Tuesday, July 24, 2012

London weekend

The chance to see Rhys Darby (a NZ comedian best known as Murray, present, from Flight of the Conchords) near the end of his UK tour had me in London for weekend last. Saturday either side of noon was spent doing an unhealthy amount of clothes shopping (which in my book is setting foot in a clothes store), with the redeeming factors being tapas for lunch and Trish's eye & advice.

I met a few other Kiwis in SheBu for a drink & meal before the show - I think that's the first time I've been in a Walkabout pub, not bad for all this time in the UK. I only knew high school friend Jeff, but as it turned out one of his other friends couldn't make it so I got a significant upgrade in my seat. The show was fantastic, not quite as side splittingly funny as I perhaps expected - but hilarious all the way through & a couple of tears of laughter shed.

Second-cousin Catherine & Chris have recently finally found a house to buy in NE London, so I was keen to visit & catch-up, almost a year since I saw them shortly after returning from Canada. Summer finally arrived with vengeance on Sunday, so Trish & I set off to lunch. Olympic preparations were obvious & our drive took us past the impressive stadia - the journey was a bit slower than it otherwise might have been, but not any slower than taking the trains & walking at each end. I'm just glad that I'm well away from the Olympics & won't have to deal with all the congestion as I choose from thirty-odd BBC channels to watch whatever might be going on.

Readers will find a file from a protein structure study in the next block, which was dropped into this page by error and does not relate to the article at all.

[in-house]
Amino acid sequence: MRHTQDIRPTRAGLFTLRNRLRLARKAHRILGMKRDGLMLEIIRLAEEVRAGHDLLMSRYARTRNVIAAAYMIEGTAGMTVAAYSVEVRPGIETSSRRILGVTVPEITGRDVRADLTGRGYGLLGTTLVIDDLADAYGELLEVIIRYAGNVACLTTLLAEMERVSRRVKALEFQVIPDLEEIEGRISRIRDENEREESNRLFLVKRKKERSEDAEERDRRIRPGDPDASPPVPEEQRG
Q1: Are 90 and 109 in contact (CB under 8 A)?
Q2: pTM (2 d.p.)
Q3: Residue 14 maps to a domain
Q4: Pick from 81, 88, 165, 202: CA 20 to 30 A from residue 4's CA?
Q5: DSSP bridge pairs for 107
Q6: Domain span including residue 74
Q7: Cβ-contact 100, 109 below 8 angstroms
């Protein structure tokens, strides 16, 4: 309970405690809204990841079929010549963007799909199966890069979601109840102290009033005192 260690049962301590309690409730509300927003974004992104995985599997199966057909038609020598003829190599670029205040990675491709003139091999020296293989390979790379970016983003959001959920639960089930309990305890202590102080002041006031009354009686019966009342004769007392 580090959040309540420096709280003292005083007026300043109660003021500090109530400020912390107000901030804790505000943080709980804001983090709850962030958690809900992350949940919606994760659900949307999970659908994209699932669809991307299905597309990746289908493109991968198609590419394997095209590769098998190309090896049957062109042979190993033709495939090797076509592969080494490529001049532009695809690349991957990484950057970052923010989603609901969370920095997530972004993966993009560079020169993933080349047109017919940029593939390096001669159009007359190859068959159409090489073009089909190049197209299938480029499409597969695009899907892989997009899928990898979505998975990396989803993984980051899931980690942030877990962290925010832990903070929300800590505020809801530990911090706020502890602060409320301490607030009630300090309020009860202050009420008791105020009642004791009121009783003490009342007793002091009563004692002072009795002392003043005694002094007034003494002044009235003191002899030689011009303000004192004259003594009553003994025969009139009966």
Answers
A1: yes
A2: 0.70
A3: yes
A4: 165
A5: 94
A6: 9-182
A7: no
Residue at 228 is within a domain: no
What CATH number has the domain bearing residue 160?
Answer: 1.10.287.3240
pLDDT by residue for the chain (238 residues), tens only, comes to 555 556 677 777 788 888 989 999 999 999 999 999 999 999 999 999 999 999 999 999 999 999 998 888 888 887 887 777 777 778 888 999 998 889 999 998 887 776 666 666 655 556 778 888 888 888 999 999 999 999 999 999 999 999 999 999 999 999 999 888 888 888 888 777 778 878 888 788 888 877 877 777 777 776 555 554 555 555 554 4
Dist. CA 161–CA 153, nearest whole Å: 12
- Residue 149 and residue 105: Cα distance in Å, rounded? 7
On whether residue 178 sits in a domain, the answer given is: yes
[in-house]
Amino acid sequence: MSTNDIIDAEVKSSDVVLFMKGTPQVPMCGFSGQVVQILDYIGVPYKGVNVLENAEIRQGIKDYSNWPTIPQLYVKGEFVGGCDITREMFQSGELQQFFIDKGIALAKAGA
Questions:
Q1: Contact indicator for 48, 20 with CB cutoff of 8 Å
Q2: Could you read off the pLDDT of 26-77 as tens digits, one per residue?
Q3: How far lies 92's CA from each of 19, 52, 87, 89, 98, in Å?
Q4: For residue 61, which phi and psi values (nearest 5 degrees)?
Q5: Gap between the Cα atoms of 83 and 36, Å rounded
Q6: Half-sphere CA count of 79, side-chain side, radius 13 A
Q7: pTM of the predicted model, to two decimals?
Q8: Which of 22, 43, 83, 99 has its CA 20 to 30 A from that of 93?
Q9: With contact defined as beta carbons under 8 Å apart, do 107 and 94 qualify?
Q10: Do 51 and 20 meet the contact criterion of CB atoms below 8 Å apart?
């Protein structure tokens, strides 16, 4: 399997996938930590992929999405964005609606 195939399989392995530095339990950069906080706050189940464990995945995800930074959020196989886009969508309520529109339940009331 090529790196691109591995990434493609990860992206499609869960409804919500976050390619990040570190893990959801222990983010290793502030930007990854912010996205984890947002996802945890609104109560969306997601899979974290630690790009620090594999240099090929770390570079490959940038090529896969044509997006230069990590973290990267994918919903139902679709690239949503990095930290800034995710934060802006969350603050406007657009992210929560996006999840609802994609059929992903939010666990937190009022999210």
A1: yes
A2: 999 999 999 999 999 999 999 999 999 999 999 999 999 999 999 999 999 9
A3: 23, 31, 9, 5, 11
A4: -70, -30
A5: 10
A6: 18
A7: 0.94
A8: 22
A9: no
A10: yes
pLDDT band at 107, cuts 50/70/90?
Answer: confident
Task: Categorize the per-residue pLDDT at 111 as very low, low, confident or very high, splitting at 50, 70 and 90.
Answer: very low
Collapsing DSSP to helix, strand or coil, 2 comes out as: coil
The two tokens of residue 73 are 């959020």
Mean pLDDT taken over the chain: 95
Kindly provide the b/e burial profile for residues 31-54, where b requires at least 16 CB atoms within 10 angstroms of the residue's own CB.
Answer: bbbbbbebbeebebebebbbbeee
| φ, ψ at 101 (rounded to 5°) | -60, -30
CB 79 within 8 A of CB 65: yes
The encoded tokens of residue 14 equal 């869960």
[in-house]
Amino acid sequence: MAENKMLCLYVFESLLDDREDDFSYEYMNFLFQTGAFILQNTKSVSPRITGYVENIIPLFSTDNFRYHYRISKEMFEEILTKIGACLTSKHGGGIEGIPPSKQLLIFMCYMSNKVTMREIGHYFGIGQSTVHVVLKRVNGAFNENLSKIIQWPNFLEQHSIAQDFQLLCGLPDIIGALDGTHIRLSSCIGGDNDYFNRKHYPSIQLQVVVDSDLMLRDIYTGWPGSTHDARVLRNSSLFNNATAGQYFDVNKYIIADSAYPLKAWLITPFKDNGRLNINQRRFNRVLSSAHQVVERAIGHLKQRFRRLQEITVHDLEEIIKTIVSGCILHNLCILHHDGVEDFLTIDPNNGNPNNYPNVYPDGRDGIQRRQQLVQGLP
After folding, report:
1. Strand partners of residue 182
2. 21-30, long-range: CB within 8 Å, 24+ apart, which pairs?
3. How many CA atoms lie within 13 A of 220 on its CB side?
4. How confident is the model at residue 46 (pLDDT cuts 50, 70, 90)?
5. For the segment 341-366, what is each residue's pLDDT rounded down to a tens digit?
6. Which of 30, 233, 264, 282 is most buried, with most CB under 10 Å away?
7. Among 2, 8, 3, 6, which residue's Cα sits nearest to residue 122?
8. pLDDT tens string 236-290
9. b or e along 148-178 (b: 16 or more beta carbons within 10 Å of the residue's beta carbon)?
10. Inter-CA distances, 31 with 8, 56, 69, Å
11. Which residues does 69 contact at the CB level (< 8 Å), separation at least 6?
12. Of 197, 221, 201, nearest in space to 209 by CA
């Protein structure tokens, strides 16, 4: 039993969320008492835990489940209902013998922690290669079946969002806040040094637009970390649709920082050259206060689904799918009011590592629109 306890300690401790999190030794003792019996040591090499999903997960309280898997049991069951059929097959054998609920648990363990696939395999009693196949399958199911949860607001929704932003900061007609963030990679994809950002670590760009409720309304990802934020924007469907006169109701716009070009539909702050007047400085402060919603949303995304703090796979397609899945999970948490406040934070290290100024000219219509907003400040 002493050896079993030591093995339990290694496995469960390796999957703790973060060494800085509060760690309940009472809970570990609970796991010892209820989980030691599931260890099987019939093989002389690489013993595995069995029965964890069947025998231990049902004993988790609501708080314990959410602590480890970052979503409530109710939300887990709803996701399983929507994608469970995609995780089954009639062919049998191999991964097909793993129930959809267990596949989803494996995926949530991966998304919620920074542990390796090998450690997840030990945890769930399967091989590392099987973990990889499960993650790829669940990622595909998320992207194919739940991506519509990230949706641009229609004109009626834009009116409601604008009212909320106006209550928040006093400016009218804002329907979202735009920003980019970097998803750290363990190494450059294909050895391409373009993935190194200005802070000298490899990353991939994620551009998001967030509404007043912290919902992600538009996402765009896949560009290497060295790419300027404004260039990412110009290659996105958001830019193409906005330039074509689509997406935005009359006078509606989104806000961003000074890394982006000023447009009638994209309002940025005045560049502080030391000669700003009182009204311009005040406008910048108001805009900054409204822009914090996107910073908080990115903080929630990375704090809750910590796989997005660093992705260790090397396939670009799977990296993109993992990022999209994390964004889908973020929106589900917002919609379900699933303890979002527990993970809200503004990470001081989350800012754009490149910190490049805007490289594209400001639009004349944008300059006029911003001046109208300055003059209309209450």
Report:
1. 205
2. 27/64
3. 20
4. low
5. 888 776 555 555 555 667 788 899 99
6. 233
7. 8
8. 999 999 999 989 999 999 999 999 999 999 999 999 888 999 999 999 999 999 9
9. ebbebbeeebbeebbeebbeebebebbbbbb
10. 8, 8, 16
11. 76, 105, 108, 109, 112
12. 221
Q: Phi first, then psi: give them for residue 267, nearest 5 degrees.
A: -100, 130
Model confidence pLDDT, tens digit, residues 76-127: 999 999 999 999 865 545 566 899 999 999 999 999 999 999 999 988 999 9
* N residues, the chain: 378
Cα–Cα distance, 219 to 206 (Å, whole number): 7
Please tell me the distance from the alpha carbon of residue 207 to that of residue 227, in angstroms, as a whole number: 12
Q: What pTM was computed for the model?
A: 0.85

Duly impressed by the new house & all the work that has obviously been done quite recently, we settled down for a great lunch on the patio overlooking playing fields & woodland. Silly me, didn't even consider that it might be worth putting in a hat when I packed Friday night - but after the last two months, I think it's understandable. Chris apparently has been wanting to used their not-insubstantial charcoal barbie for some time, so it was put to good use.

I do like that people choose to cook lamb when I'm over, I'm pretty sure I've had more lamb since leaving NZ than I did living in the country - it's fantastic. The large piece of lamb served up didn't disappoint & we were all well fed. Even though there were six of us, I imagine that there is still lamb in the fridge at Chris & Catherine's. With all the new potatoes, asparagus & various salads - it turned into quite the feast that I wasn't expecting, I'm hardly going to complain about that.

A not very well timed photo - that's a large piece of lamb, & Chris too